Predictably, he cared not a jot about England's intentions but then Strauss did not care about this lack of care. After the unexpected Test series win when the home side had to cling on for grim life and the shattering Twenty20 result, the West Indies are in control. England can win but may need help from MI6.

Possible teams: England: R S Bopara, S Davies (wkt), K P Pietersen, A J Strauss (capt), P D Collingwood, O A Shah, A D Mascarenhas, S C J Broad, G J Batty, J M Anderson, S J Harmison.

West Indies: D S Smith,R Sarwan, S Chanderpaul, L M P Simmons, D J Bravo, K A Pollard, D Sammy, D Ramdin (capt, wkt), N O Miller, L S Baker, F Edwards.

Suggested Topics
Have you tried new the Independent Digital Edition apps?
Caption competition
Caption competition
Latest stories from i100
Daily Quiz
Have you tried new the Independent Digital Edition apps?
Independent Dating

By clicking 'Search' you
are agreeing to our
Terms of Use.

Career Services

Day In a Page

John Palmer: 'Goldfinger' of British crime was murdered, say police

Murder of the Brink’s-MAT mastermind

'Goldfinger' of British crime's life ended in a blaze of bullets, say police
Forget little green men - aliens will look like humans, says Cambridge University evolution expert

Forget little green men

Leading evolutionary biologist says aliens will look like humans
The Real Stories of Migrant Britain: An Algerian scientist adjusts to life working in a kebab shop

The Real Stories of Migrant Britain

An Algerian scientist struggles to adjust to her new life working in a Scottish kebab shop
Bodyworlds museum: Dr Gunther von Hagens has battled legal threats, Parkinson's disease, and the threat of bankruptcy

Dying dream of Doctor Death

Dr Gunther von Hagens has battled legal threats, Parkinson's disease, and the threat of bankruptcy
UK heatwave: Temperature reaches 39.8 degrees on Central Line - the sweatiest place in London

39.8 degrees recorded on Tube

There's hot (London) and too damn hot (the Underground). Simon Usborne braved the Central line to discover what its passengers suffer
Kitchens go hi-tech: From robot chefs to recipe-shopping apps, computerised cooking is coming

Computerised cooking is coming

From apps that automatically make shopping lists from your recipe books to smart ovens and robot chefs, Kevin Maney rounds up innovations to make your mouth water
Jessie Cave interview: The Harry Potter star has published a feminist collection of cartoons

Jessie Cave's feminist cartoons

The Harry Potter star tells Alice Jones how a one-night stand changed her life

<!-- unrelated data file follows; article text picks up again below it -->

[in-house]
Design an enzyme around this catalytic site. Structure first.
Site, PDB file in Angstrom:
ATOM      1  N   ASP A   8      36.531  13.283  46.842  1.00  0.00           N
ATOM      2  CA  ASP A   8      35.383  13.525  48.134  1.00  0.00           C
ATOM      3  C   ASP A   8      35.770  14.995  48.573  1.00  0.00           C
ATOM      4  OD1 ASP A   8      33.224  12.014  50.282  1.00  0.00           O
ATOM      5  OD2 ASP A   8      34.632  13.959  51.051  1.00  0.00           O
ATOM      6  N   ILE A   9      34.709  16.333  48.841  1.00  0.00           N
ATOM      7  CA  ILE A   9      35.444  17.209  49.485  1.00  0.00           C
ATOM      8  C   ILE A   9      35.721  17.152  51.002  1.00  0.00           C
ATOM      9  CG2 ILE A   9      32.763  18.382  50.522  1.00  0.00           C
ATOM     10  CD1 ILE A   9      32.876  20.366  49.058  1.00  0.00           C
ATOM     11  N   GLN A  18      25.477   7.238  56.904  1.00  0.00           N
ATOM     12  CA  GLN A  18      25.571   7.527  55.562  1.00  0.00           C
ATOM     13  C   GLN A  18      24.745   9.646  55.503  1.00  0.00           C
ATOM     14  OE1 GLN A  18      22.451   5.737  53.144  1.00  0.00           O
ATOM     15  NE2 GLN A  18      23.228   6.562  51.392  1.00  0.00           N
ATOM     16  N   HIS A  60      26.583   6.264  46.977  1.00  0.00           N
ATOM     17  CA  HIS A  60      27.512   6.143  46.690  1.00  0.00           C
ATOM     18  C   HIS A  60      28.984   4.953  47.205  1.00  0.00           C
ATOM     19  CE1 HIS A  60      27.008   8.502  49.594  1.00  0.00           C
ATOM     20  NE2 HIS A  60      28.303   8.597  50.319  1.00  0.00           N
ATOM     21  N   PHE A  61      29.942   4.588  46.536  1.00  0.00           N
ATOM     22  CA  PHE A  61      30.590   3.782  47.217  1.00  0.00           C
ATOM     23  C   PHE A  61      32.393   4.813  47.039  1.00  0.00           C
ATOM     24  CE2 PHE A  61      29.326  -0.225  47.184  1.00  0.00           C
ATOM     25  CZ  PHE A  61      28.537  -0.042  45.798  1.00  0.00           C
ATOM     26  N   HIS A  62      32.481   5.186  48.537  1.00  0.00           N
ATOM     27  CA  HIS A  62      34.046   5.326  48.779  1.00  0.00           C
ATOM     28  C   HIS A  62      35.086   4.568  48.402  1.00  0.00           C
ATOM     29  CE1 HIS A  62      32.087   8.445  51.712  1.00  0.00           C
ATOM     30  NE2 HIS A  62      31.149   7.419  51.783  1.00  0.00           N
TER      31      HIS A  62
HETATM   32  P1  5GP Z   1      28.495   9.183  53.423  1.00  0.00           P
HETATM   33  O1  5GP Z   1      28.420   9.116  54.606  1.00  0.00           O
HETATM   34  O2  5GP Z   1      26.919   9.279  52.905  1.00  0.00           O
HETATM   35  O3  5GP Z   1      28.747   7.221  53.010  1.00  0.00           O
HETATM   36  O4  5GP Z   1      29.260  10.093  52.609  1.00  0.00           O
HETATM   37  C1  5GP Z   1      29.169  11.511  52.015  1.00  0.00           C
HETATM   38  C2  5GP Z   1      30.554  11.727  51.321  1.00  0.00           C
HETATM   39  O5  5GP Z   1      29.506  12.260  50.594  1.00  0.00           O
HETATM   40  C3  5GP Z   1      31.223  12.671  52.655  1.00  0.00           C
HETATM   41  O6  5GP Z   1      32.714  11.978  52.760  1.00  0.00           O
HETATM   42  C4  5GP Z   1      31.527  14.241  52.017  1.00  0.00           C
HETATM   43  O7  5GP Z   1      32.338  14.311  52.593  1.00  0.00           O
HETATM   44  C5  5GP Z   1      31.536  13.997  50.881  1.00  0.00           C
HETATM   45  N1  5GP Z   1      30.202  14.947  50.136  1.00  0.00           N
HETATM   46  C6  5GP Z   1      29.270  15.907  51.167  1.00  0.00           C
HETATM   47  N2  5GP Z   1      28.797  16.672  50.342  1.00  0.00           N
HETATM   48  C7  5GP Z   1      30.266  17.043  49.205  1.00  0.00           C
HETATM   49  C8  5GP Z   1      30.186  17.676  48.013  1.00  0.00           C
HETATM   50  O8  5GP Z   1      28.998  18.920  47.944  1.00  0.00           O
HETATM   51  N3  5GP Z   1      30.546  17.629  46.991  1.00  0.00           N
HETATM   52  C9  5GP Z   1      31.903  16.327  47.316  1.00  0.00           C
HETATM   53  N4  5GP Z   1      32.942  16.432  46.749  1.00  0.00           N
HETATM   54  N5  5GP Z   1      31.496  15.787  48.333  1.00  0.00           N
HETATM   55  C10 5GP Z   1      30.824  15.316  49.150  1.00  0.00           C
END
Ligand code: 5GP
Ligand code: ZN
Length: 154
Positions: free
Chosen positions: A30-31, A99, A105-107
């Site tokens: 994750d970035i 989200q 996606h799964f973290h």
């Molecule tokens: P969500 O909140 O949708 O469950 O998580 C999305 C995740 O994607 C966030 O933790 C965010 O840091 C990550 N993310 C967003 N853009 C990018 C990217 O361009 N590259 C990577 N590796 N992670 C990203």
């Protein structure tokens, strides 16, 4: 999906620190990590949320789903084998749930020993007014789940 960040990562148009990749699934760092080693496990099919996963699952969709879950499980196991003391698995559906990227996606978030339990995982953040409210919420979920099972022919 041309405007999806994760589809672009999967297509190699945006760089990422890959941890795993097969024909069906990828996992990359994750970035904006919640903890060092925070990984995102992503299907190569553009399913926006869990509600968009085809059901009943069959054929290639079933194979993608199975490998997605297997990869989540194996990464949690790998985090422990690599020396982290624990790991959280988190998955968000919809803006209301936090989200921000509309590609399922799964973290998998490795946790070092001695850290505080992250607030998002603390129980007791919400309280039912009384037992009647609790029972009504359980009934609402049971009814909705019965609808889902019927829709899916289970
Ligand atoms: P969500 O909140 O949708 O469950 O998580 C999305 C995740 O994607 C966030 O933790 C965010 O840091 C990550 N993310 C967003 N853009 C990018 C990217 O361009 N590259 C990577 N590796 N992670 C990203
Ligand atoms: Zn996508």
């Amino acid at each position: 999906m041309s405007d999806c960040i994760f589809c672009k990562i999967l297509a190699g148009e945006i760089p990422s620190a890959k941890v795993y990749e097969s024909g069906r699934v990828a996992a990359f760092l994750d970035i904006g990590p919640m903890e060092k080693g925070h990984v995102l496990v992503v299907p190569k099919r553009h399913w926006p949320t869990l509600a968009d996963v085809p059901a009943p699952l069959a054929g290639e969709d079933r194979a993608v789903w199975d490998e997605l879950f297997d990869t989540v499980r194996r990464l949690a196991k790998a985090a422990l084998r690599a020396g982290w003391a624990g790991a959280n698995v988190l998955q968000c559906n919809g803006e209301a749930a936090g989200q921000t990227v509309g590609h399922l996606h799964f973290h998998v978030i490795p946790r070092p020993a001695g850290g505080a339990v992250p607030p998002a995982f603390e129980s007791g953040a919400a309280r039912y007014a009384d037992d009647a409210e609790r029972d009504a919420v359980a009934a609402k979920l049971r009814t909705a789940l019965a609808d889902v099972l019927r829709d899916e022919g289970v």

Football Beyond Borders: Even the most distruptive pupils score at homework club

Education: Football Beyond Borders

Add football to an after-school homework club, and even the naughtiest boys can score
10 best barbecue books

Fire up the barbie: 10 best barbecue books

We've got Bibles to get you grilling and smoking like a true south American pro
Wimbledon 2015: Nick Bollettieri - Junk balls and chop and slice are only way 5ft 1in Kurumi Nara can live with Petra Kvitova’s power

Nick Bollettieri's Wimbledon Files

Junk balls and chop and slice are only way 5ft 1in Kurumi Nara can live with Petra Kvitova’s power
Ron Dennis exclusive: ‘This is one of the best McLaren teams ever – we are going to do it’

‘This is one of the best McLaren teams ever – we are going to do it’

Ron Dennis shrugs off a poor start to the season in an exclusive interview, and says the glory days will come back
Seifeddine Rezgui: What motivated a shy student to kill 38 holidaymakers in Tunisia?

Making of a killer

What motivated a shy student to kill 38 holidaymakers in Tunisia?
UK Heatwave: Temperatures on the tube are going to exceed the legal limit for transporting cattle

Just when you thought your commute couldn't get any worse...

Heatwave will see temperatures on the Tube exceed legal limit for transporting cattle
Exclusive - The Real Stories of Migrant Britain: Swapping Bucharest for London

The Real Stories of Migrant Britain

Meet the man who swapped Romania for the UK in a bid to provide for his family, only to discover that the home he left behind wasn't quite what it seemed
Cheaper energy on the way, but it's not all sunshine and rainbows

Cheaper energy on the way, but it's not all sunshine and rainbows

Solar power will help bring down electricity prices over the next five years, according to a new report. But it’s cheap imports of ‘dirty power’ that will lower them the most